2012 – The Year of Consistency

Posted by Andrew Netschay, in Blog, Conditioning, Leadership, Dec 30, 2011

Overnight successes don’t occur in business or in the gym.

You don’t become heavyweight champion of the world in a week. The championship bout is won in the gym during the many years of training, conditioning and preparation that preceded the main event.

Successful CEO’s don’t earn their compensation packages in one quarter. Their tenure is secured by consistently delivering results across quarters and multiple consecutive year-ends.

Will 2012 be the year you achieve all your goals? Or, will you be settling for mediocre results by year-end?

Flash forward to December 31, 2012 – what goals do you want to have accomplished by then?

Will you have spent more time with your family or less?

What will be your financial position?

Will you be complaining about your stock portfolio or will you have taken the necessary actions on a monthly or even weekly basis to ensure you’ve managed your resources and asset allocation appropriately?

What must you do to achieve these financial goals? Change financial advisors or start managing you investments personally?

Will you have finally reached a body composition of 10% body fat (or 6 to 8% for the high achievers reading this )

8% body fat won’t be (safely) achieved by downing diuretics in December. A nutrition and conditioning program designed with specific daily meal plans and workouts will get you there in six months if you commit to it.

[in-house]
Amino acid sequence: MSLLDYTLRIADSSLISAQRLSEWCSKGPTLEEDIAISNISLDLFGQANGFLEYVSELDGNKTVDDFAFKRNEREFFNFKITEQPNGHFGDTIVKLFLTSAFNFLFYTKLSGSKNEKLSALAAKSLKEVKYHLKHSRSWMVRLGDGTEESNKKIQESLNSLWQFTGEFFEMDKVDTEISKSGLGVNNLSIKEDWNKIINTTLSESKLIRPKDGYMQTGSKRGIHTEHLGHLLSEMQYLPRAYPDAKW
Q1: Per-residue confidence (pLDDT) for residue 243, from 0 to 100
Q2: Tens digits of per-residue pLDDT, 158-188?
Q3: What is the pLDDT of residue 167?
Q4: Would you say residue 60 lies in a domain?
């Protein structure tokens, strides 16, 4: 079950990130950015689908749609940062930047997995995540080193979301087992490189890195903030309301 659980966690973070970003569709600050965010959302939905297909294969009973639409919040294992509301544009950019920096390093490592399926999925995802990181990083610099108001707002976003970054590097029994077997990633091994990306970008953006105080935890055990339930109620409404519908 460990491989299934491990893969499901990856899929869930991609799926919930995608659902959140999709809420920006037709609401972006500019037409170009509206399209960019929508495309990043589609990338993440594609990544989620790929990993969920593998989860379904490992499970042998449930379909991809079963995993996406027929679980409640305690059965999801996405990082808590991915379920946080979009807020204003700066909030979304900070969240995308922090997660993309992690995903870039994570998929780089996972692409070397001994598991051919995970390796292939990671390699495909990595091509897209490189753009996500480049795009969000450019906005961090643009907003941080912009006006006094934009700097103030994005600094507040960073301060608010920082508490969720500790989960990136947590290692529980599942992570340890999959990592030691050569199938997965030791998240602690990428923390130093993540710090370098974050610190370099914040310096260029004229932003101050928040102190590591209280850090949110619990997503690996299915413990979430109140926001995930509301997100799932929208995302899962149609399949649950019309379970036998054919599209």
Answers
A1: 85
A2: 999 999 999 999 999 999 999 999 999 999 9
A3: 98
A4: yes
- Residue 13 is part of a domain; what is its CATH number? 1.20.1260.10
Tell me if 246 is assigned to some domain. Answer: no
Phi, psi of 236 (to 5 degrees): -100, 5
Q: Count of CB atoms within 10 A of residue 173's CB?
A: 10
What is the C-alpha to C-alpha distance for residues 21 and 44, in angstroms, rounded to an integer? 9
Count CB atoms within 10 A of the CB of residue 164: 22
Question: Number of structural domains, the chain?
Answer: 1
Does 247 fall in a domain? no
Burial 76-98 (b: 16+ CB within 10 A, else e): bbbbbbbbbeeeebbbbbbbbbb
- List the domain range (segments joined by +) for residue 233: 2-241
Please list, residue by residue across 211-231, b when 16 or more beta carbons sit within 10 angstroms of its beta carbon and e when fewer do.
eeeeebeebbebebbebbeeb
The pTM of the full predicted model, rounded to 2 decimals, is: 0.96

If you want to pay off your mortgage in 10 years it won’t happen by simply adding the goal to your list on December 31st. It will however become a reality if you double and triple your mortgage payments starting this week.

Will your department achieve or even surpass the customer satisfaction metrics your customers demand?

Will your company meet the revenue and profit goals for the year?

These goals won’t be achieved in the last month or even last quarter of 2012.

However the actions you take on January 2nd, 3rd, 4th and so on will make them a reality on December 31st 2012.

The actions you take on a daily, weekly and monthly basis will ensure your success this year.

In parallel, the activities you decide to stop or do less of will support the achievement of your goals as well.

I recommend you spend less time writing down your goals for next year, and focus on consistent execution starting NOW!



Posted by Andrew Netschay, in Blog, Leadership, Nov 07, 2011
How often do you come across a new opportunity? Compare that to how often you actually follow through and take action? Seizing an opportunity implies that you have developed awareness skills to first perceive it. This is the Moment of Recognition which I’ll refer to as MOR for the remainder of this post.
Taking action and exploiting the opportunity is initiated by the Moment of Commitment or MOC. The delay between the MOR and the MOC is Gap Time.
The greater the gap time between the MOR and MOC, the lower the probability of the opportunity translating into a success. Minimizing the gap can be the difference between being a market leader or an ‘also ran’ that follows the pack. If you’re reading this blog, I’ll assume you strive to be the the former.